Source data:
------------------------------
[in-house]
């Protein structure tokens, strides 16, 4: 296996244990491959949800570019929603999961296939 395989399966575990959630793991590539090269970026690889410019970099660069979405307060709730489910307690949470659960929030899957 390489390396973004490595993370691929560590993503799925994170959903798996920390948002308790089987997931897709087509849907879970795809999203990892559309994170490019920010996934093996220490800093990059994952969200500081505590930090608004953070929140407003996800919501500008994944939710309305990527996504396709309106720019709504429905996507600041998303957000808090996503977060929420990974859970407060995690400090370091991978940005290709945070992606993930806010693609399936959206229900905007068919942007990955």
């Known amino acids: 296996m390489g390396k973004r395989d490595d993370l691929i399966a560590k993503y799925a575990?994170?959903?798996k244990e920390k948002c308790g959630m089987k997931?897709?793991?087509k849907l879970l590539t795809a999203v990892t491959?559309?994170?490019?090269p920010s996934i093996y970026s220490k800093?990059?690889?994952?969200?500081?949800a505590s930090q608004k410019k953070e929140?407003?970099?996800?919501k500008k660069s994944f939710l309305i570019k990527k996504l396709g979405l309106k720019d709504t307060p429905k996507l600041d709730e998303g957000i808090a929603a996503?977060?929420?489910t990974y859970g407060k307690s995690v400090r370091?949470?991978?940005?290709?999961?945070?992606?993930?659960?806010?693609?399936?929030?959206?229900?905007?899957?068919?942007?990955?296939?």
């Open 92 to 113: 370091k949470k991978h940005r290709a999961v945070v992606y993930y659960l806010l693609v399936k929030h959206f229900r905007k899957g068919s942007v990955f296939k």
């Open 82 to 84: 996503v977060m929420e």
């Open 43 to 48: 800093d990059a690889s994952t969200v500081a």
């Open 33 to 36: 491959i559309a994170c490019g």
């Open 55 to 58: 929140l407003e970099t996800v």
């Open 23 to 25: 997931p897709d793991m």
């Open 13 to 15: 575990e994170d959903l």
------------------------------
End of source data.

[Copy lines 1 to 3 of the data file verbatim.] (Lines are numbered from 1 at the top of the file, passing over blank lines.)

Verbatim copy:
[in-house]
């Protein structure tokens, strides 16, 4: 296996244990491959949800570019929603999961296939 395989399966575990959630793991590539090269970026690889410019970099660069979405307060709730489910307690949470659960929030899957 390489390396973004490595993370691929560590993503799925994170959903798996920390948002308790089987997931897709087509849907879970795809999203990892559309994170490019920010996934093996220490800093990059994952969200500081505590930090608004953070929140407003996800919501500008994944939710309305990527996504396709309106720019709504429905996507600041998303957000808090996503977060929420990974859970407060995690400090370091991978940005290709945070992606993930806010693609399936959206229900905007068919942007990955």
């Known amino acids: 296996m390489g390396k973004r395989d490595d993370l691929i399966a560590k993503y799925a575990?994170?959903?798996k244990e920390k948002c308790g959630m089987k997931?897709?793991?087509k849907l879970l590539t795809a999203v990892t491959?559309?994170?490019?090269p920010s996934i093996y970026s220490k800093?990059?690889?994952?969200?500081?949800a505590s930090q608004k410019k953070e929140?407003?970099?996800?919501k500008k660069s994944f939710l309305i570019k990527k996504l396709g979405l309106k720019d709504t307060p429905k996507l600041d709730e998303g957000i808090a929603a996503?977060?929420?489910t990974y859970g407060k307690s995690v400090r370091?949470?991978?940005?290709?999961?945070?992606?993930?659960?806010?693609?399936?929030?959206?229900?905007?899957?068919?942007?990955?296939?």